Back to the tomatoes, she pours them with their syrup into a bowl and sets them aside.
Next she chops capers and pimento stuffed olives roughly. After the chicken has been lightly browned on both sides, she removes it and sets it aside. Daisy adds the sofrito and the chopped olives and capers to the oil and cooks it until all the water cooks out..”so the rice doesn’t start to absorb the water”. (I don’t exactly get that, but I guess you just have to make sure you cook the sofrito for a bit before you add the rice.) She adds 1 teaspoon of cumin, salt and pepper and cooks the mixture a bit longer.
After all the water is cooked out, she adds long grain rice. Daisy is using this kind of rice, because “she doesn’t want a large amount of starch”. Ah, herein lies the difference between THIS Arroz con Pollo and a SPANISH one made with short grain rice. The short grain rice gets fatter and starchier as it cooks.
Daisy stirs the rice into the oil and sofrito. She wants loose fluffy rice. Once the rice gets a little “chalky”, it’s ready for the liquid. She adds hot stock, so she doesn’t have to wait a long time for the broth to come up to the boil. She determines the amount of liquid by measuring 2 fingers, or one inch, of liquid above the rice. (The only other person I knew who did this was a Chinese friend's mother. Her mom was an unbelievably good and authentic Chinese cook.) Daisy says to cook until the level of the fluid meets the level of the rice.
Meanwhile, Daisy cuts romaine into ribbons and puts them in a big bowl. She shakes her paella pan. She adds the chicken back in and lowers the heat and covers the pan. (Good luck finding a lid for a paella pan.) In Spain, they never cover a rice dish while it cooks. It may get a loose cover of foil afterwards to stay warm.
Daisy washes the lettuce and drains it well. She peels and segments 4 or 5 oranges and puts them into a bowl, squeezing out every bit of juice. She stirs honey and fresh thyme into the fresh orange juice with salt, apple cider vinegar and pepper. (Her favorite kitchen investment is a pepper mill.) She stirs in a bit of olive oil. She slices a red onion and adds that to her salad with black oil-cured olives.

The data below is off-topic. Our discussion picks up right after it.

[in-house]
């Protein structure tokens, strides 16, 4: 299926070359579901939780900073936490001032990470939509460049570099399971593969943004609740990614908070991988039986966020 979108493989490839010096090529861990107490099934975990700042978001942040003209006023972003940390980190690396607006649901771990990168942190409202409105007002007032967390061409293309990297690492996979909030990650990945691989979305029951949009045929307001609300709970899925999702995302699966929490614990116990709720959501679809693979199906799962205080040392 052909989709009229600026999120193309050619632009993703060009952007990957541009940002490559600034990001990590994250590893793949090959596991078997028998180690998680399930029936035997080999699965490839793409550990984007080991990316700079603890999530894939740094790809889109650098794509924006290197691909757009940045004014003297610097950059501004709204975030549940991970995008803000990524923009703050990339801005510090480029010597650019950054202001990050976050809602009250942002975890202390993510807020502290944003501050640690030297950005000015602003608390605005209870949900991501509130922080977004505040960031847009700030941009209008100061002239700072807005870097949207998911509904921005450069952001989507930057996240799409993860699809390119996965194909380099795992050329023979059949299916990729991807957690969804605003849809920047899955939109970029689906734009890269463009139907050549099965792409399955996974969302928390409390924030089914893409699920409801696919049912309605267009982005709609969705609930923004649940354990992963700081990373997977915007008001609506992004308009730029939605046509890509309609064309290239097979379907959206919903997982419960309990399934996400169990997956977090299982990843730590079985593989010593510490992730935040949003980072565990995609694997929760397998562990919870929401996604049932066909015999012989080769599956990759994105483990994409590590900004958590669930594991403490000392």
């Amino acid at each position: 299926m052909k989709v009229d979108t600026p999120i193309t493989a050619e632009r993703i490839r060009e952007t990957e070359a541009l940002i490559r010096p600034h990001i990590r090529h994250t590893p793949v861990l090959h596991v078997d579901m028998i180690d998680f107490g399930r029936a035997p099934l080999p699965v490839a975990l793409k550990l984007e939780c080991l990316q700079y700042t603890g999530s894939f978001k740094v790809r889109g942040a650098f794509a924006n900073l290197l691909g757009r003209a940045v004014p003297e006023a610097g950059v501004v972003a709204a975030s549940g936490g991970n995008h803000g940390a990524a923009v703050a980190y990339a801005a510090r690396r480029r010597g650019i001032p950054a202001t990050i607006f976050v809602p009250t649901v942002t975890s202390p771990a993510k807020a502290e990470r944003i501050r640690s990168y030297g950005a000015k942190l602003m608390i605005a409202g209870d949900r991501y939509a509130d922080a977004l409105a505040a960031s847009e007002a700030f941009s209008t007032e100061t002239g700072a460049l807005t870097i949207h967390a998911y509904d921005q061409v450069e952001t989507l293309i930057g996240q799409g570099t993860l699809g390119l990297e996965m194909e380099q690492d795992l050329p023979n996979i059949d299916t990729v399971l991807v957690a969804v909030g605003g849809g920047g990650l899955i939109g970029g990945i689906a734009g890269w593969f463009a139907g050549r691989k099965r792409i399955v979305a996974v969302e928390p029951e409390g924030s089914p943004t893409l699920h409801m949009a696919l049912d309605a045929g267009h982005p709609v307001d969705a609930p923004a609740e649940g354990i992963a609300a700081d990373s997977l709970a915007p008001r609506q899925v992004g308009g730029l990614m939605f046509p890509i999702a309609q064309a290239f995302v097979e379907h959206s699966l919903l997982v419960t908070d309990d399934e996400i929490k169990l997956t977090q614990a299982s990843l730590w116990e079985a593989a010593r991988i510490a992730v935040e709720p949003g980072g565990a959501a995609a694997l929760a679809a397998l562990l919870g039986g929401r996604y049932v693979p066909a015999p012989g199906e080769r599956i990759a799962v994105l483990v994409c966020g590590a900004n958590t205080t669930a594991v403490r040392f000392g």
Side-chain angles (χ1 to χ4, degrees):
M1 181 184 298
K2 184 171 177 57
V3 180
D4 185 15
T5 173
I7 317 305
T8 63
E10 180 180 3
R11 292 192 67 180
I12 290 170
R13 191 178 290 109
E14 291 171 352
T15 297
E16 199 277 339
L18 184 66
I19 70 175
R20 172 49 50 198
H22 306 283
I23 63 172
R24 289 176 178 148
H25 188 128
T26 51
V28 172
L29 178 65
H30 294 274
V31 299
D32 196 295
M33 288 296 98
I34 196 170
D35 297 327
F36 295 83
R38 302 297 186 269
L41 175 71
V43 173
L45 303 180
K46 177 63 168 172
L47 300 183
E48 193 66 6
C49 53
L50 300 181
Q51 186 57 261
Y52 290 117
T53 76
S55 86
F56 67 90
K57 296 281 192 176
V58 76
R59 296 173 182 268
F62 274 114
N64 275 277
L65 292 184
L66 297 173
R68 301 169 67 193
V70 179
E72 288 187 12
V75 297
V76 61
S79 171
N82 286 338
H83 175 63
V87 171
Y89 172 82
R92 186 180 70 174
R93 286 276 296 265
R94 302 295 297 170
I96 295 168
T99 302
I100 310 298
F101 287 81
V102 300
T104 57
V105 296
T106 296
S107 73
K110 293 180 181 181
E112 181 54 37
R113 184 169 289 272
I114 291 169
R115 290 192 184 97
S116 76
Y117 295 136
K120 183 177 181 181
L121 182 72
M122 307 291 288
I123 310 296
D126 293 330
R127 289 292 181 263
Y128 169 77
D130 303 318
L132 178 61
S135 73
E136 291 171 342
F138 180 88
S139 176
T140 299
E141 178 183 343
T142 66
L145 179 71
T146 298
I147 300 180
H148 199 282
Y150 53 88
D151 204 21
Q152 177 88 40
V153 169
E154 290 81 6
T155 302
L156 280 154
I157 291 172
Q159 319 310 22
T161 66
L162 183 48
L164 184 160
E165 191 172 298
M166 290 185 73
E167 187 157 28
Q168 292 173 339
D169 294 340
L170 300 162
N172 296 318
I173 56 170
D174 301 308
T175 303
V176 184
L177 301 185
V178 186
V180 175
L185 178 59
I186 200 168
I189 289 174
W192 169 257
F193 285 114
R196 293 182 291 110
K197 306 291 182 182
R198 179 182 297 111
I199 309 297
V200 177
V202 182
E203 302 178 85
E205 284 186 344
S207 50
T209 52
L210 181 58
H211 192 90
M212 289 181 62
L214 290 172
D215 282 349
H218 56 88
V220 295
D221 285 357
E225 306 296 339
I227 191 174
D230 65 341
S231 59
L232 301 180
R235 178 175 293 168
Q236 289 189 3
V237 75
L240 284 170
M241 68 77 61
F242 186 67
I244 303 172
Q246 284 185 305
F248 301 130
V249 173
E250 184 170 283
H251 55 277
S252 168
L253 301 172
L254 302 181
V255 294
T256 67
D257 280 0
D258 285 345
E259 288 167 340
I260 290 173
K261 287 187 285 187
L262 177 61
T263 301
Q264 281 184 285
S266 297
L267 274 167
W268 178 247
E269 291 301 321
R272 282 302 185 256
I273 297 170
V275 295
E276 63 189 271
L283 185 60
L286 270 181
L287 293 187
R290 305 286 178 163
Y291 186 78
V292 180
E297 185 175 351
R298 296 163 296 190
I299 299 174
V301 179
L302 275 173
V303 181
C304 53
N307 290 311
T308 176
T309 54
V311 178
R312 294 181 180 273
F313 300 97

With 5 minutes left for the rice, Daisy sprinkles in some defrosted peas.
It’s the great unveiling and she lifts the lid. Wow! She tastes it. Daisy says she’s already Miggy’s best friend and now she’s OUR best friend. I don’t know who Miggy is. She dresses the salad. It’s the perfect balance of sweet and sour, she says.
Oh, Miggy is her best friend. Daisy serves the family. I like her daughter. It all does look good, but I think the arroz con pollo is crying out for some freshly chopped parsley. It looks a little anemic, but it does look tasty.
Daisy scoops the tomatoes into pretty glasses with a bit of the syrup. She likes to surprise people with this dessert. She cuts ricotta salata and salty feta to serve with it. Any salty, semi-hard cheese works well.
Daisy’s daughter says, “This is a dessert, Mom?” Let’s see what she thinks…kids don’t lie. Oh my goodness, she says. I guess that’s good.
Thie episode had good recipes; a nice, pleasant host and GREAT jewelry. I'm not sure I buy the idea of tomatoes in a sugar syrup for dessert, but the recipe would be good with plums or pears.